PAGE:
When it comes to psychotherapists, there is an array of specific modalities such as: family therapists, play therapists, Gestalt psychotherapists and CBT therapists - just to name a few. A psychotherapist works with your present struggles as part of the bigger picture, looking at how the presenting symptoms interrupt your life whilst also looking into the root cause of your pain. Their work ranges from trauma and childhood issues, to symptoms of anxiety and depression. Because the work delves deep, the therapeutic journey usually spans over a longer period of time.
’A psychotherapist works with your present struggles as part of the bigger picture, looking at how the presenting symptoms interrupt your life whilst also looking into the root cause of your pain'
As the term entails, the counsellor usually counsels, guides and provides support in present and immediate life situations. A counsellor may be the right professional to approach if you require support with current issues in your life such as distress emanating from conflict, taking a difficult decision, changing jobs, grieving the loss of a loved one or adapting in a different country. Because counselling is more focused on action and behaviour, it is typically short-term.
A psychiatrist, being a medical doctor specialised in mental health and mental disorders, is able to diagnose, support, and is also responsible for medication management. Whilst she/he may provide general support in time of distress, their role is not strictly to carry out prolonged ‘talking therapy’- but the relationship may be described as a typical doctor-patient relationship, where the patient goes mainly for advice. Usually patients under the care of a psychiatrist would greatly benefit from therapy with either a psychologist or a psychotherapist, and for this reason many psychiatrists work with other professionals in the field.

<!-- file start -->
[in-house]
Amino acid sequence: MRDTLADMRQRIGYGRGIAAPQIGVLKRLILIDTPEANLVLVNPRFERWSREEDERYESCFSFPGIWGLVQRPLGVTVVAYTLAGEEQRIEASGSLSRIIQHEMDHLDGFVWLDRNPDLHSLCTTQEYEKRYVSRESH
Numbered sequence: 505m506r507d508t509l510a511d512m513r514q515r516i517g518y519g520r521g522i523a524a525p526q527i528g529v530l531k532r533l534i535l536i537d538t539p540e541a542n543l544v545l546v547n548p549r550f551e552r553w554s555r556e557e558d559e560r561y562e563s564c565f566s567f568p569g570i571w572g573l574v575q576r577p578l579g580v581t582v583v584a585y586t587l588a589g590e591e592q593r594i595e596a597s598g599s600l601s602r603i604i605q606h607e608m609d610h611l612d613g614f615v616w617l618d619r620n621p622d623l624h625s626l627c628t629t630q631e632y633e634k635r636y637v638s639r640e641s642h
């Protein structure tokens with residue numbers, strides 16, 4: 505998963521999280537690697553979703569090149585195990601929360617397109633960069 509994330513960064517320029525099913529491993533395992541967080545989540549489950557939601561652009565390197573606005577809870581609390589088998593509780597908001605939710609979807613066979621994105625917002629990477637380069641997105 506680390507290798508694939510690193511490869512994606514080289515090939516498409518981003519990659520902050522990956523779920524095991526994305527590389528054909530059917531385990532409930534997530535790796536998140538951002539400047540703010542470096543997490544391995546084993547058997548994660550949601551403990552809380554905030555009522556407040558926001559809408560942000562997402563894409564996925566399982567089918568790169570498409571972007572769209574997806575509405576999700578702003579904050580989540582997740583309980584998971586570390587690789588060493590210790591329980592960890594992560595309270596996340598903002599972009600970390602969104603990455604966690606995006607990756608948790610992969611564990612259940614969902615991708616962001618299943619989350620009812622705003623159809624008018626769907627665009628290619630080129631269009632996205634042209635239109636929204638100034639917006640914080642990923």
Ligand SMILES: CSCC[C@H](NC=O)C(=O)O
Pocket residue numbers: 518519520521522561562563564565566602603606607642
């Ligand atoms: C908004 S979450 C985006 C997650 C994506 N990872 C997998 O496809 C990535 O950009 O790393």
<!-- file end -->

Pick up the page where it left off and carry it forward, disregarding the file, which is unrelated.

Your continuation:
’A psychiatrist, being a medical doctor specialised in mental health and mental disorders is able to diagnose, support, and he is also responsible for medication management…’
Notwithstanding their specific strengths, there is always overlap between the work of such professionals; a psychotherapist would probably commence the therapeutic journey with your immediate issue as part of the bigger picture, whilst a counsellor may delve into deeper work if that is supportive to your current situation. A psychiatrist may refer you to a psychologist or a psychotherapist for their input, and vice versa.
The bottom line is, they are all able to journey with you through life’s most difficult terrain, and the impetus of your journey will be determined by the therapeutic relationship you build together.
American Psychological Association (APA). (2014). Clinical psychology solves complex human problems. https://www.apa.org/action/science/clinical/index
American Psychological Association (APA). (2012). Recognition of Psychotherapy Effectiveness. https://www.apa.org/about/policy/resolution-psychotherapy